Thursday, April 24, 2008


Supergirl: Cosmic Adventures in the 8th Grade

Landry Walker and Eric Jones, who were responsible for the very excellent "Kid Gravity" series in the late, lamented Disney Adventures (and who are collectively X-Ray Studios), appear to be doing a new all-ages book for DC Comics: Supergirl: Cosmic Adventures in the 8th Grade.

Speaking as the parent of a little girl who is obsessed with superheroes, but who has already started noticing the relative lack of girl superheroes, this comes as extremely welcome news.

A few years back HarperFestival did a whole series of young reader and middle reader Wonder Woman books, written by Nina Jaffe and illustrated by Ben Caldwell. The books were excellent, but sadly didn't get the books the marketing push they deserved, and immediately sunk without a trace, but I picked up a complete set, figuring that Georgia would want them sooner or later. She's still a few years from being ready for them, I think, but something like this Supergirl book might well bridge the gap. In the meantime she's got WordGirl, Wonder Woman and Jayna on Superfriends, and Raven and Starfire on Teen Titans and in the pages of Teen Titans Go. (Last night, as she lay in bed, she recited Raven's mantra of "Azarath, Metrion, Zinthos," over and over again. For all I know, she was trying to levitate...)


The Venture Bros Season Three Preview (for reals)

The other day I linked to the bootlegged footage. Well, internets be praised, here's the official version. Begin the awesome...


MIND MELD: Underrated Authors

The good folks at SF Signal asked me to take part in another of their Mind Meld roundtables, this one on the subject of "Underrated Authors." If you're curious to learn "Which author, living or otherwise, [I] believe deserves more recognition than they currently receive and why?", here's your chance...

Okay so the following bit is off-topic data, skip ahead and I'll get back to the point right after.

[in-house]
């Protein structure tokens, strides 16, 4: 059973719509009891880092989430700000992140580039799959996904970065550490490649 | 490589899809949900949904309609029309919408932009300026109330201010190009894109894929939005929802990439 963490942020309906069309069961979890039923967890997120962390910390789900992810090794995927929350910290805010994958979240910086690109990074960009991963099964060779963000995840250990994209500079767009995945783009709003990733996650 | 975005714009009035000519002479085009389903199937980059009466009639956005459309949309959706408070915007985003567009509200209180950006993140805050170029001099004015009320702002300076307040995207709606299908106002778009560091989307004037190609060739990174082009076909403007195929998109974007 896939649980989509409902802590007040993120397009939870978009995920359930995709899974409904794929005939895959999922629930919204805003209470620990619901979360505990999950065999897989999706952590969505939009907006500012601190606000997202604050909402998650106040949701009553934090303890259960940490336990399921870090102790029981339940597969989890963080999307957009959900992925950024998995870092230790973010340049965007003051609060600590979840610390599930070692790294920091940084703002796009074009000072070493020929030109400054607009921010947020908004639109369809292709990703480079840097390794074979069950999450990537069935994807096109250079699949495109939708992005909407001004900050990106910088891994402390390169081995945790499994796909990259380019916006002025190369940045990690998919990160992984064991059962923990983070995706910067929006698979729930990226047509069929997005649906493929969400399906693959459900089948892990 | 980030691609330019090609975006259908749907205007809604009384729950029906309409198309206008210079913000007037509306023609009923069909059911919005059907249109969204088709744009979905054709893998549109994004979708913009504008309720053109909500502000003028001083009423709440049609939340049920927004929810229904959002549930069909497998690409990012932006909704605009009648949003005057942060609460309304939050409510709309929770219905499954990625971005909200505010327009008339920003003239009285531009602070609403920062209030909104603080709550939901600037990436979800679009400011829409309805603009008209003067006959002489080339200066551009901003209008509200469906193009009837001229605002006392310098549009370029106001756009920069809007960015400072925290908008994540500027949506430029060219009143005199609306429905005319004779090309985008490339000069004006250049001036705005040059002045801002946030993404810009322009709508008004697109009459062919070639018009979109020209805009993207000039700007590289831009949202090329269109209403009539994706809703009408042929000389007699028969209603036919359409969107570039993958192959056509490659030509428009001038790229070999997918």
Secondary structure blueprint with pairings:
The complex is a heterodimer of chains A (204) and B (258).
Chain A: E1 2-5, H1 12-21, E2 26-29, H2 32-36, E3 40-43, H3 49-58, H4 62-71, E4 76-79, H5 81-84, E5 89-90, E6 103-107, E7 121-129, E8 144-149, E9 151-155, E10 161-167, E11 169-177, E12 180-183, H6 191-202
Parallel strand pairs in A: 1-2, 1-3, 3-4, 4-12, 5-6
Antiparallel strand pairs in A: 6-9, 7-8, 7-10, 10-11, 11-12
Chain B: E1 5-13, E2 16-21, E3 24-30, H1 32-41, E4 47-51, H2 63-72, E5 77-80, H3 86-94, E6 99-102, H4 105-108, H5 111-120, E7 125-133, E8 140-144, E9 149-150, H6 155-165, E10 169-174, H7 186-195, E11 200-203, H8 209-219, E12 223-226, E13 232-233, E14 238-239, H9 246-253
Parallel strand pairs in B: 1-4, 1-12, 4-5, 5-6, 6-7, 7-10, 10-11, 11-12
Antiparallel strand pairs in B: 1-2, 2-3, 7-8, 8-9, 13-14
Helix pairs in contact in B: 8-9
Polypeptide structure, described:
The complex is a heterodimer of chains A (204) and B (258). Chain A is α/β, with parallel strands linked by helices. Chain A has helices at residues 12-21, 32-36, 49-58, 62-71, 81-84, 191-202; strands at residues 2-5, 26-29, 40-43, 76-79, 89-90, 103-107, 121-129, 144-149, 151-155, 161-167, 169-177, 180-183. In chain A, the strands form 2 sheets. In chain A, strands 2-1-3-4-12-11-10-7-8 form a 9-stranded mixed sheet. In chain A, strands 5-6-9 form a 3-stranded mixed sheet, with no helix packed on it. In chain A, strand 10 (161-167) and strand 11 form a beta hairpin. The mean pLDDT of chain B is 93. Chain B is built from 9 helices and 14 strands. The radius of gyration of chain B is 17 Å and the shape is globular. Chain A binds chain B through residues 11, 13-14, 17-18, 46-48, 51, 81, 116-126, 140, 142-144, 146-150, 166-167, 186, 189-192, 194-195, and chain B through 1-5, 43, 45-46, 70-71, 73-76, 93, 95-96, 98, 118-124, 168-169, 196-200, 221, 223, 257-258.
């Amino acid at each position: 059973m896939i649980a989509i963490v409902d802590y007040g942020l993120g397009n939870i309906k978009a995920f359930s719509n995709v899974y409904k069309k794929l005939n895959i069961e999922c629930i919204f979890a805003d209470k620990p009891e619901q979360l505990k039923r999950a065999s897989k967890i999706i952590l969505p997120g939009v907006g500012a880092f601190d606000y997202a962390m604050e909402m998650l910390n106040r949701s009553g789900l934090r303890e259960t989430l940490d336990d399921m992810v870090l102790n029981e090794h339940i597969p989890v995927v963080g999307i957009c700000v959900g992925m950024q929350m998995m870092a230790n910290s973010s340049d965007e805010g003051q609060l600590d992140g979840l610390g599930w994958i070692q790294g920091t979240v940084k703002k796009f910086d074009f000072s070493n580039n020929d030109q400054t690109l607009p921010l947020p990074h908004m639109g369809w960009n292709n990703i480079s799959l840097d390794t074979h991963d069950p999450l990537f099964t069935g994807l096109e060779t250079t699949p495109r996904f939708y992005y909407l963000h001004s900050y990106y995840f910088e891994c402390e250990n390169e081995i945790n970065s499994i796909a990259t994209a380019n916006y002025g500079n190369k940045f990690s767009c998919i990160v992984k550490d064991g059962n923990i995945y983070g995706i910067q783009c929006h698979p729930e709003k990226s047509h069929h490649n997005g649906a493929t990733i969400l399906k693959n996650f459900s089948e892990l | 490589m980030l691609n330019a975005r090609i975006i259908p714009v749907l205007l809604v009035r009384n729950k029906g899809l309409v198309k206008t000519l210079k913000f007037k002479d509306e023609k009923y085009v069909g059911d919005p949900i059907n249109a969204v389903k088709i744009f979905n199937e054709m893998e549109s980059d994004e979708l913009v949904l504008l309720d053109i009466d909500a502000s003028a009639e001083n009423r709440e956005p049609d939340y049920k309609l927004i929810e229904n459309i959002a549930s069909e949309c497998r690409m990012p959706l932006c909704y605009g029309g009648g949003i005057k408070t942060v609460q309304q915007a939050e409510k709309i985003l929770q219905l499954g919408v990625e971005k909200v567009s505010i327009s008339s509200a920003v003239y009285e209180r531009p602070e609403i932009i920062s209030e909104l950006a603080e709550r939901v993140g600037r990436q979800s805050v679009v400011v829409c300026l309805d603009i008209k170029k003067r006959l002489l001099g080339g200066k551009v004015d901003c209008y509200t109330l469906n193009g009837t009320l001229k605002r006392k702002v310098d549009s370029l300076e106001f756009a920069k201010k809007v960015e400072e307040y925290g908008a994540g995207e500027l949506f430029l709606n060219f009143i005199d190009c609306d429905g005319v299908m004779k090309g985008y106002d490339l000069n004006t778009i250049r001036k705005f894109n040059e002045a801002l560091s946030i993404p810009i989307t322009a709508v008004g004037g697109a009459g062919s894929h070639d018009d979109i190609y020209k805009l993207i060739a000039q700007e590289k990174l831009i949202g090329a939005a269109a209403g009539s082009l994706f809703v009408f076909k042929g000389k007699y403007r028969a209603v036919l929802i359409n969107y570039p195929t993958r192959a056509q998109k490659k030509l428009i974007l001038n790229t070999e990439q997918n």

(Hint, his name is Kim Newman.)


Myriad Universes

It appears the full solicitation copy for the two Star Trek: Myriad Universe omnibuses (omnibi?) has been released to the web, including the description of my own humble contribution.
BRAVE NEW WORLD by Chris Roberson: Dr. Noonien Soong's dream has been realized: androids are now woven inextricably into the fabric of the Federation, revolutionizing Starfleet and transforming the quality of humanoid life. But when Soong's long-missing breakthrough creation, Data, mysteriously resurfaces, civilization reaches a crossroads that could lead to a bright new future, or to ruin.
This was a ridiculous amount of fun to write. I just finished looking over the page proofs the other day, and even that was a ridiculous amount of fun. Getting paid to sit around and watch countless hours of Star Trek, and then to make up a Star Trek story of my own? How is that even possible?


Avatar: The Last Puppet Bender

I love the internet. Used to be, if you weren't able to attend a convention, you missed all the convention-only announcements and previews and such like. Now, just wait a day or two and they turn up online.